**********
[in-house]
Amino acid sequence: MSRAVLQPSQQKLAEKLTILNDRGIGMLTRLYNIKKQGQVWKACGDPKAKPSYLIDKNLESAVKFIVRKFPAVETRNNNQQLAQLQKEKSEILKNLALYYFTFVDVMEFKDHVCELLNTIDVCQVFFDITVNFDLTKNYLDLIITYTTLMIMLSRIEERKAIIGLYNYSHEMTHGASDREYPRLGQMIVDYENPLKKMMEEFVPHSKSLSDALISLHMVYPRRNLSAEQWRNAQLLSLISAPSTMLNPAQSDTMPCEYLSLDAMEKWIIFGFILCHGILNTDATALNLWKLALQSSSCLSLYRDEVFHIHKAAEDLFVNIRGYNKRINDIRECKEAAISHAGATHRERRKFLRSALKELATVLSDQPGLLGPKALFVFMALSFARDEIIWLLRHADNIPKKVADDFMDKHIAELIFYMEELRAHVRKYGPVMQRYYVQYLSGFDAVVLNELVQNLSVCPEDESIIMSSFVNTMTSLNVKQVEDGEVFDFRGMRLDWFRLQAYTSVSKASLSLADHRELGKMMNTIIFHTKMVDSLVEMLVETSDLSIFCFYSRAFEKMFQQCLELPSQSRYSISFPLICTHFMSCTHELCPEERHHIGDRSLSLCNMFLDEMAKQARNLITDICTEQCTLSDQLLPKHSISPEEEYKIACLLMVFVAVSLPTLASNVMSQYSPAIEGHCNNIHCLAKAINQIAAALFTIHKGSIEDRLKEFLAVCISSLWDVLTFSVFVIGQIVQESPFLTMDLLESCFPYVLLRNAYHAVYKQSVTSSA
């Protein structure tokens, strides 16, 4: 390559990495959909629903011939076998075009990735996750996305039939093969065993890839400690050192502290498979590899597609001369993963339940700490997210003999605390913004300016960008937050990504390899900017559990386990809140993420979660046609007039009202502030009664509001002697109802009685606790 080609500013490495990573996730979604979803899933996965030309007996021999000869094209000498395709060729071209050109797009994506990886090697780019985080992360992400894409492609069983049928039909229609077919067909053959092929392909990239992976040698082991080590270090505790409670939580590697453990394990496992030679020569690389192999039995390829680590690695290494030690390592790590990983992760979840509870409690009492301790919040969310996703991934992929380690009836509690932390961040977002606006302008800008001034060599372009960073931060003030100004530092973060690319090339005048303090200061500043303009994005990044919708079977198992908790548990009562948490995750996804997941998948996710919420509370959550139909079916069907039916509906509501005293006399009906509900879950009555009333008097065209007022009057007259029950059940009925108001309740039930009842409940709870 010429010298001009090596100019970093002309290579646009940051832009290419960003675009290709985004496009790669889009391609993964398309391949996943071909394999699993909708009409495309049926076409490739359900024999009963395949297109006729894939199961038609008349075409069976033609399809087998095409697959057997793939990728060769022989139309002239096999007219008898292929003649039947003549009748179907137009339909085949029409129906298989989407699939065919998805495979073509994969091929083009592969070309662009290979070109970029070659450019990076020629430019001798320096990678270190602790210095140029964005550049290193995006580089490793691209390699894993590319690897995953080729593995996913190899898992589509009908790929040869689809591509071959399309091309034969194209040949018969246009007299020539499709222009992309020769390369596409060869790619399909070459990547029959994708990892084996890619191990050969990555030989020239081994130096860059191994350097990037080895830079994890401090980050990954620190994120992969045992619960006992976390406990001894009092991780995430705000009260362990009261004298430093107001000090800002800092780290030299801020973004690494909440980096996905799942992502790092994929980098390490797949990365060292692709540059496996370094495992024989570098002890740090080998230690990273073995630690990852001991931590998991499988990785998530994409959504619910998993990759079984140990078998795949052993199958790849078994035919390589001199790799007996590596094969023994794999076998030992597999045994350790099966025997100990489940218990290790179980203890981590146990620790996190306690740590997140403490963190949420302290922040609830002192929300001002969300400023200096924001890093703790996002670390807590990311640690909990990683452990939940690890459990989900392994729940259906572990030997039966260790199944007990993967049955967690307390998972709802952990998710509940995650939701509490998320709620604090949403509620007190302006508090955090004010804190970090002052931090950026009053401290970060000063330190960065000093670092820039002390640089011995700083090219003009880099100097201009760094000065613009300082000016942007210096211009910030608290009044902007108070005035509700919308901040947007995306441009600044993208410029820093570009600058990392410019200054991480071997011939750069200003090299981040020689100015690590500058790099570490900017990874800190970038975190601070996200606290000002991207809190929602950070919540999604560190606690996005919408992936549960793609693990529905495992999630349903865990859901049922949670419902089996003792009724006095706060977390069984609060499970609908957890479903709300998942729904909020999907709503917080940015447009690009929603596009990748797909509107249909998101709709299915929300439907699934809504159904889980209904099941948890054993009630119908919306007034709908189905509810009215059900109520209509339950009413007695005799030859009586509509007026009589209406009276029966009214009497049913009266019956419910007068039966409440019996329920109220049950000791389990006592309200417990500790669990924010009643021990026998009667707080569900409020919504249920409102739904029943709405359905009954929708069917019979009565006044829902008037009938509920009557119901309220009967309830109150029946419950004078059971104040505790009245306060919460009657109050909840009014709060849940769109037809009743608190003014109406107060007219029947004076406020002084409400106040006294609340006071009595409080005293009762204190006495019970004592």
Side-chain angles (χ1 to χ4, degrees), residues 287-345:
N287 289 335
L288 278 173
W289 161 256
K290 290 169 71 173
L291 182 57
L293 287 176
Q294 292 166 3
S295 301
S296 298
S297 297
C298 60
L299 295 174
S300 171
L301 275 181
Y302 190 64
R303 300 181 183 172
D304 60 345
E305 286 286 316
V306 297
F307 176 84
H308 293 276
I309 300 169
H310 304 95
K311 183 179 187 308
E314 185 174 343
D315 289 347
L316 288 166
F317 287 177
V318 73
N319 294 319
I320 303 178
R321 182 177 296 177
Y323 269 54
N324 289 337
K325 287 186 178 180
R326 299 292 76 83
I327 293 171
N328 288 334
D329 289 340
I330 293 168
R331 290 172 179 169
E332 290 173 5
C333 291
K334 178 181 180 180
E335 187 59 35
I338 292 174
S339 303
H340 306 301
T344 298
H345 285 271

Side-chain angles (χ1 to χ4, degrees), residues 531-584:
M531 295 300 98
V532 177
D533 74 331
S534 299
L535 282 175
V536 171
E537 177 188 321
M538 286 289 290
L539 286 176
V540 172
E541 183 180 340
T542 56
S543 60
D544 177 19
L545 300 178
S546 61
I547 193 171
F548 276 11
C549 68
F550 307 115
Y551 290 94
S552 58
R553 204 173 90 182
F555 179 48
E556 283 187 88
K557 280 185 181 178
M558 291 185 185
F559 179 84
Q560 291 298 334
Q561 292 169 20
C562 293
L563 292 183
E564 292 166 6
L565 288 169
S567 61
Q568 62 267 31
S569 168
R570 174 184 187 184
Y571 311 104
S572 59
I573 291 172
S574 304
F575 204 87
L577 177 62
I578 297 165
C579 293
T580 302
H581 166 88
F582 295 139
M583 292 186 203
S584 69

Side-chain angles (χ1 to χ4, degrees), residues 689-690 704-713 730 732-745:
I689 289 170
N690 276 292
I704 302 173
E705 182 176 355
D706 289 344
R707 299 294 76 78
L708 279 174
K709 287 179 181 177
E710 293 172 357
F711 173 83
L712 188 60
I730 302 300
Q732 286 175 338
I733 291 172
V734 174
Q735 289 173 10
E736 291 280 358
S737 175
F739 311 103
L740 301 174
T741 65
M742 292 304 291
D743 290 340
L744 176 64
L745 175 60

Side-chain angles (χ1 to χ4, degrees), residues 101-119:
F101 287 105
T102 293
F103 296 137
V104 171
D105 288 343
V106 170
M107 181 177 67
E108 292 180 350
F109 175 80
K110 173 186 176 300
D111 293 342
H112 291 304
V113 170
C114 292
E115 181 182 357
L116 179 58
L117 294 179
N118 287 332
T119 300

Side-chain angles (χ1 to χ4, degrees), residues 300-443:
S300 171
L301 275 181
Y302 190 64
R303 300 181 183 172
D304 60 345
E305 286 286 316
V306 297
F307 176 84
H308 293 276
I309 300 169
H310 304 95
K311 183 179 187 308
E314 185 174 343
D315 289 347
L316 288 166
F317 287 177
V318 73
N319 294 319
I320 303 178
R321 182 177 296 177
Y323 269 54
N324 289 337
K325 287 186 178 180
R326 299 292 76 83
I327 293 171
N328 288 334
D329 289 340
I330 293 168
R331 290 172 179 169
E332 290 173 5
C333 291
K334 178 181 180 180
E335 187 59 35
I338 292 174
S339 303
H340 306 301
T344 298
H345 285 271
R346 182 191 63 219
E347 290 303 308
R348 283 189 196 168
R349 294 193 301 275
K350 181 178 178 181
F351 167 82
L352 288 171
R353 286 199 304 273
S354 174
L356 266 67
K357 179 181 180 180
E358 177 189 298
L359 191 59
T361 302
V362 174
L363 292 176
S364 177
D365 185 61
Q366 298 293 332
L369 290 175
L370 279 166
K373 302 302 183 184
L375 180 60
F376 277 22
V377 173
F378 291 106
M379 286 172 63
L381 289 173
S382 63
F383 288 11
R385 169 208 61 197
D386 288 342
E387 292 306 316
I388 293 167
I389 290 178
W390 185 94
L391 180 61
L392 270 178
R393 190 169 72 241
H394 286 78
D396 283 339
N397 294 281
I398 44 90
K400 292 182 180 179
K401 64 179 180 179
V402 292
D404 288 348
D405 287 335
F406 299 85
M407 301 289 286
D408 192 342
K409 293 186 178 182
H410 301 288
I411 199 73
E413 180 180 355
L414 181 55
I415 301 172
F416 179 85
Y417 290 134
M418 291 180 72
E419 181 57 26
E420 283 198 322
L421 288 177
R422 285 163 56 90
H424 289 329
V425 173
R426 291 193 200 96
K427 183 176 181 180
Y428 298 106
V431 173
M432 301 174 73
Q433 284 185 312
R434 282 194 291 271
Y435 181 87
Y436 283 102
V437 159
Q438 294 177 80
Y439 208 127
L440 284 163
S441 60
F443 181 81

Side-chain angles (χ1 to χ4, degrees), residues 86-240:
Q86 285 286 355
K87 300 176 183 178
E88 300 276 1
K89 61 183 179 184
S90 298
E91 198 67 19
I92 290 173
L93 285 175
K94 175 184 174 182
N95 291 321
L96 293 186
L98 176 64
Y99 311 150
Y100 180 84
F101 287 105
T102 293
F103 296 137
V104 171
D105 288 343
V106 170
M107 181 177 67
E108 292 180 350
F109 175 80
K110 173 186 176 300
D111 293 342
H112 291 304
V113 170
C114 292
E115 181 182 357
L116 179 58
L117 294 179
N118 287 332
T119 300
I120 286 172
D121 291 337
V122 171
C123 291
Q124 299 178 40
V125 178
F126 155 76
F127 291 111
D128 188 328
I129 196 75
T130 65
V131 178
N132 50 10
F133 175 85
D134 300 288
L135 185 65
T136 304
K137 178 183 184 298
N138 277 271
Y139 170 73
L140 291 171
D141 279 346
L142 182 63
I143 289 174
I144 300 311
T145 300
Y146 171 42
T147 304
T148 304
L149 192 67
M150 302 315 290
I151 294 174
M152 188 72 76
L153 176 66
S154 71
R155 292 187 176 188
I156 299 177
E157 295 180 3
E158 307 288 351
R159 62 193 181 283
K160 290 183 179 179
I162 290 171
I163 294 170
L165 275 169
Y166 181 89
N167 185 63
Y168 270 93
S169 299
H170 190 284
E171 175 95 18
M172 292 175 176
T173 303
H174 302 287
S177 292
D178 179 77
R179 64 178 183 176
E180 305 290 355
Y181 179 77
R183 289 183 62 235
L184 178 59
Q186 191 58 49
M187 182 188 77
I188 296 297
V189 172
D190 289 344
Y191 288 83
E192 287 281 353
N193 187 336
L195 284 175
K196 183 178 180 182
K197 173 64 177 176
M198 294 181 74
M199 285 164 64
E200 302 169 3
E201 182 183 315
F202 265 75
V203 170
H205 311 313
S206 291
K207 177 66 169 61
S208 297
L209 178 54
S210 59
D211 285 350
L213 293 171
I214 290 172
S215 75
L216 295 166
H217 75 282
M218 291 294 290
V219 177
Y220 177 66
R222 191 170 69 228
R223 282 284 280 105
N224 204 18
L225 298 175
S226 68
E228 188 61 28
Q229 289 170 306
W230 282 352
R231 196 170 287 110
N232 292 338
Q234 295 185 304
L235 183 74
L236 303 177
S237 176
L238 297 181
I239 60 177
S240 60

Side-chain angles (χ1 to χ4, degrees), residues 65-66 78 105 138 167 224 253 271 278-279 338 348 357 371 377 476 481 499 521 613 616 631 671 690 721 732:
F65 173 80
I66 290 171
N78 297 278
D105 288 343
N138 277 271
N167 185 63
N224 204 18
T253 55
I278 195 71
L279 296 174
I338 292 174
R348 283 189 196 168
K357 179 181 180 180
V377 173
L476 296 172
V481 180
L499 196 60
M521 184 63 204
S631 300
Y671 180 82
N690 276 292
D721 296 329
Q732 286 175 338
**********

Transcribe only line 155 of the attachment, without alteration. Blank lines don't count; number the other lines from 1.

L301 275 181